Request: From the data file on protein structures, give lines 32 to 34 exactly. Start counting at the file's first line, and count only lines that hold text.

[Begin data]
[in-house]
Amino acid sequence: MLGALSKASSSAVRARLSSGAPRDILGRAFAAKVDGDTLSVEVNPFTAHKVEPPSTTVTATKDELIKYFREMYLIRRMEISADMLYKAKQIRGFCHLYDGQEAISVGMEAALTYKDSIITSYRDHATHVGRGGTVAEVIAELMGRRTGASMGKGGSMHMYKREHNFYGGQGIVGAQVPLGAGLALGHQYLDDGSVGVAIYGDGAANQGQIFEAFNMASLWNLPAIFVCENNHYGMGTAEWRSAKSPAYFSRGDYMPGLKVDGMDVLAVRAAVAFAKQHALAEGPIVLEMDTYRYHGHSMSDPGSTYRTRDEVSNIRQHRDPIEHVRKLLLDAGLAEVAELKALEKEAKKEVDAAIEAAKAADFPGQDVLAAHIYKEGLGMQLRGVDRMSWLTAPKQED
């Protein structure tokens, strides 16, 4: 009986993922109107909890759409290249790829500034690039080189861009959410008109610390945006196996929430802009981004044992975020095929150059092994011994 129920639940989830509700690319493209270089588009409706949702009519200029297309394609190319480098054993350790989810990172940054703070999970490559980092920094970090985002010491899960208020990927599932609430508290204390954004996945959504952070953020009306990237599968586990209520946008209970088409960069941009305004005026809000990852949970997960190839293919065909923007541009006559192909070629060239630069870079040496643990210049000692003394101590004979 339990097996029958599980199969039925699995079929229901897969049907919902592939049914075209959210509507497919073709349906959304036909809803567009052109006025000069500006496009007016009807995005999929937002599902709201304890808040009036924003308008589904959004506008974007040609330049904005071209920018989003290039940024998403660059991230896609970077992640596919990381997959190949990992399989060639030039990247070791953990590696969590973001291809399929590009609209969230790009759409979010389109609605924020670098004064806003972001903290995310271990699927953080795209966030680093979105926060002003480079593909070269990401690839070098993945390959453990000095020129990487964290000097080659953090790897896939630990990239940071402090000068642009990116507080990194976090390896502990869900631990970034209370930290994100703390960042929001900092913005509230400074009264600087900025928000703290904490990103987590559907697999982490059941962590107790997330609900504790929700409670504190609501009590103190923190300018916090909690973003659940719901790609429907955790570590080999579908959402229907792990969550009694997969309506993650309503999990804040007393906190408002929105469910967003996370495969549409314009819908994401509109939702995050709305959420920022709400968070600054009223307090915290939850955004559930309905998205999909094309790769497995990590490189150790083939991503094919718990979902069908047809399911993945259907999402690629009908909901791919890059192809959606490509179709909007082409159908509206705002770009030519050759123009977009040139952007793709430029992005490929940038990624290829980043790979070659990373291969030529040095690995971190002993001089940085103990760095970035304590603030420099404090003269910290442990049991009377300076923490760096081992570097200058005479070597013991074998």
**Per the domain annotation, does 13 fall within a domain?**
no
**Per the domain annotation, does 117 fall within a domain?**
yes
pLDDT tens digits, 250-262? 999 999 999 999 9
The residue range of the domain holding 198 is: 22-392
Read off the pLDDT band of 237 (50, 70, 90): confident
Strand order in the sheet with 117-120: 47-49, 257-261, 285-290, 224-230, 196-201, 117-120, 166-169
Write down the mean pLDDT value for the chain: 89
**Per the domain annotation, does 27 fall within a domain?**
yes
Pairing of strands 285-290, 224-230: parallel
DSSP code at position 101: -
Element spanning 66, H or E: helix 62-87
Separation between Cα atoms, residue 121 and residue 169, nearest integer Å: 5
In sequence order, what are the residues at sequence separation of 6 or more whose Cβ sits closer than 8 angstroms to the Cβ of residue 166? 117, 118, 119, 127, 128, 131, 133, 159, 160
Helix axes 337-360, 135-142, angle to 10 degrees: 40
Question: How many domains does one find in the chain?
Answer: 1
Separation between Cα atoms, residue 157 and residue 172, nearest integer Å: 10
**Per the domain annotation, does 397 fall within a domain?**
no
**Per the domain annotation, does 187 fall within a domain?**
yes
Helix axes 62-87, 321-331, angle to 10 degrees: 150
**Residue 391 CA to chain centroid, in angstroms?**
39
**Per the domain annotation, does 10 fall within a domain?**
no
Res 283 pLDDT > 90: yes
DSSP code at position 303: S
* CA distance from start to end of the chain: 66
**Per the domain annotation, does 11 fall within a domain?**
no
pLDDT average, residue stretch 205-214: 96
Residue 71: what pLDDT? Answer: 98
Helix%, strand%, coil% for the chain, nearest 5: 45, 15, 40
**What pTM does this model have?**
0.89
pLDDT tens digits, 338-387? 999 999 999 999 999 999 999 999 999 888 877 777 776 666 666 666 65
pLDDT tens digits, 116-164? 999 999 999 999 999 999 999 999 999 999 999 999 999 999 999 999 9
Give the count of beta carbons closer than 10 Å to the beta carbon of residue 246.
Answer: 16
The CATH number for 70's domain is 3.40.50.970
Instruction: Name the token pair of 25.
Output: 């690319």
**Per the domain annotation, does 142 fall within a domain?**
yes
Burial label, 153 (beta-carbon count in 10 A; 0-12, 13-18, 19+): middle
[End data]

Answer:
no
Res 283 pLDDT > 90: yes
DSSP code at position 303: S